Abigail PinterParsons

Staff Writer

On November 17th, 18th, and 19th, HHS’ drama department, Theatre 370, put on a three-night production of Legally Blonde: The Musical. As a self-proclaimed musical expert and lover, I had high hopes for the show. Needless to say, my high expectations were blown completely out of the water.

Julia Giusti-Kizik shined in the main role of Elle Woods, fashion management major turned Harvard Law student. She was an astounding singer, belting out catchy song after catchy song. She suited the character perfectly, capturing Elle’s underlying intelligence while maintaining her outer, often shallow, persona. Giusti-Kizik went through costume changes worthy of the Rockettes, changing multiple times behind a set piece or just off stage in under a minute.

The Delta Nu sorority sisters turned Greek Chorus provided an entertaining interlude to Elle’s story. They appeared “in her head” to encourage and support her, singing their praises and advice in songs such as “Take It Like a Man,” where the leading man, Emmett (Larsen Berg), discovers a department store for the first time.

Act two began with a classic exercise video scene. Michela Michielli acted as Brooke Wyndham, an exercise video queen accused of murdering her husband. Her song didn’t just end there, though. Michielli sang and jumped rope at the same time. It’s hard enough to be able to jump rope consistently, let alone while singing and performing in front of hundreds of peers. She did astoundingly well, never skipping a beat or getting the rope caught on her feet.

This musical, in particular, had a lot more choreographed dances than I’ve seen in  an HHS musical. Nearly every number had a portion danced in complete unison. As a dancer myself, I thought they looked great: coordinated and practiced until they were nearly flawless. I was impressed by the level of skill that it took, considering many of the actors don’t pursue dance outside of theater. It added another level to the songs they were singing and more personality to the show as a whole.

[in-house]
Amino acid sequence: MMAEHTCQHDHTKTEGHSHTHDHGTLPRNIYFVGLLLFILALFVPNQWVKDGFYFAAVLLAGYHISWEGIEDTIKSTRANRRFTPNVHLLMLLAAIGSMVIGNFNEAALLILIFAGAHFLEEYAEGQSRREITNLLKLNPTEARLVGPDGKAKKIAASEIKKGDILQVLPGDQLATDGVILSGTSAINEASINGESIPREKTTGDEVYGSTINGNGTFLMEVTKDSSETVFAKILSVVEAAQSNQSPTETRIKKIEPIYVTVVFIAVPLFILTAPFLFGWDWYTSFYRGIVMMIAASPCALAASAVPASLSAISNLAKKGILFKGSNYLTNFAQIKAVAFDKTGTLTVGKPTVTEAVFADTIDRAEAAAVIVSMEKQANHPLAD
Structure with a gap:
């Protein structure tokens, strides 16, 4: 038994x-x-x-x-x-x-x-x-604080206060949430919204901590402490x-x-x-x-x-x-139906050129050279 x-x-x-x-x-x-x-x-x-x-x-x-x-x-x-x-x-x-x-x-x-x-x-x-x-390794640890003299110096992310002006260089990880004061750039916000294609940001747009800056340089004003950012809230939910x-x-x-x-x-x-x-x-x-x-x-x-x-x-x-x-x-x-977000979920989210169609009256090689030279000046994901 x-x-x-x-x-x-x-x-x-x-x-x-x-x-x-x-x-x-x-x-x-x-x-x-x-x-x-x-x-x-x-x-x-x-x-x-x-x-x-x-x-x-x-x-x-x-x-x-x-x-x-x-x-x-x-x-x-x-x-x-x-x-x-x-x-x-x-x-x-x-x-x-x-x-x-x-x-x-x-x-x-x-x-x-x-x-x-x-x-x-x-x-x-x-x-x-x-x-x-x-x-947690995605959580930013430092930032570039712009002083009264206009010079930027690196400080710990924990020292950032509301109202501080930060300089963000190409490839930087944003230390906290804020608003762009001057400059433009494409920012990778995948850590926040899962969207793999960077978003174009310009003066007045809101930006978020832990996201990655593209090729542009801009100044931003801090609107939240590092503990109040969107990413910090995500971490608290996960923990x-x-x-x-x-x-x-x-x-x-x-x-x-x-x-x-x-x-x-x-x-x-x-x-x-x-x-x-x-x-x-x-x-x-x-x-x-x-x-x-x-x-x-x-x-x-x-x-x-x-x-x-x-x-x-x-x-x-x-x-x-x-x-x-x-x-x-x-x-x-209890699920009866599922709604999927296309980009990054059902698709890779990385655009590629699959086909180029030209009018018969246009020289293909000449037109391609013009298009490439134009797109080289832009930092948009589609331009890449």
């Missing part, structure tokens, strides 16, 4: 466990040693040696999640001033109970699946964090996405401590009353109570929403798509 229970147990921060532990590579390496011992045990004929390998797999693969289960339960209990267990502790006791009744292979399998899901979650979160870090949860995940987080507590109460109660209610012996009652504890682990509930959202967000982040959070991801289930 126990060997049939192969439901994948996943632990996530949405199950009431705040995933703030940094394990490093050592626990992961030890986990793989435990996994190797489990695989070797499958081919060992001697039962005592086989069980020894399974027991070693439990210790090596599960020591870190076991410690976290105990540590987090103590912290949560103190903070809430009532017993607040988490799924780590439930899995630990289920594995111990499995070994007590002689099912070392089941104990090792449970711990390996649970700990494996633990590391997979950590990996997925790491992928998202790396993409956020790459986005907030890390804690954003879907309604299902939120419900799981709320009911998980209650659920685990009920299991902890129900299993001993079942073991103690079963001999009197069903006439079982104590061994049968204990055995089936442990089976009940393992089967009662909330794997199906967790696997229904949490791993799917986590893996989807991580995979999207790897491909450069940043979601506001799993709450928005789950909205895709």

The seniors in the show could not have gone out with a better musical. Emma Milligan owned her role as sorority sister turned Greek chorus member, nailing the sassily shallow college girl stereotype. Heather Keith played an important role in the ensemble, dancing and singing better than I could ever dream of doing. Abbi O’Leary played an impressive spectrum of characters, from ensemble, to Elle’s mother, to pretentious Harvard student, to the D.A.. With so many personalities to represent, O’Leary still managed to portray each of them with their own unique characterization.

Kyra Allen played Paulette Bounofontti, a local salon owner and Elle’s first friend at Harvard. She nailed the nearly hopeless woman who dreams of the ideal Irish man. Allen encompassed her vivacious spirit, both in spoken word and song.

Casey Cotter’s two roles were by far the most entertaining and well-received by the audience. He played Nikos, an extremely flamboyant witness in court and was featured in the song “Gay or European”. He also played Kyle the Magnificent, a delivery man clad in extremely short shorts and Paulette’s dream man. When she finds out he is Irish, Cotter and Allen perform an amusing jig together.

All the seniors did a fantastic job and should be very proud of their final musical at HHS.

The accompanying music was excellent. The pit consisted of a blend of band students, teachers, and professionals. They provided a well-orchestrated background to the music, and made the actors’ voices shine.

Not to mention the tech crew, a gang of behind the scenes workers who made the show run smoothly, from lights, to sound, to set pieces. The sound system itself made it difficult for the audience to hear what the actors were saying all of the time, but the crew clearly put in tons of effort to make it work as well as possible. I went both Friday and Saturday night and noted the distinct improvement after one day.

The numerous set changes in the show brought the characters from UCLA campus to Elle’s dorm room to Paulette’s salon to Harvard University. They handled the large set pieces with practiced ease, changing quickly and quietly.

The entire musical carried a lighthearted and peppy tone while still maintaining a meaningful theme. The songs were upbeat, each one getting the audience happily engaged but it still taught the audience the importance of staying true to themselves and not letting anything get in the way of their dreams.

The show was well-executed and lots of fun. I wish every single student had gone out to see it while they had the chance.


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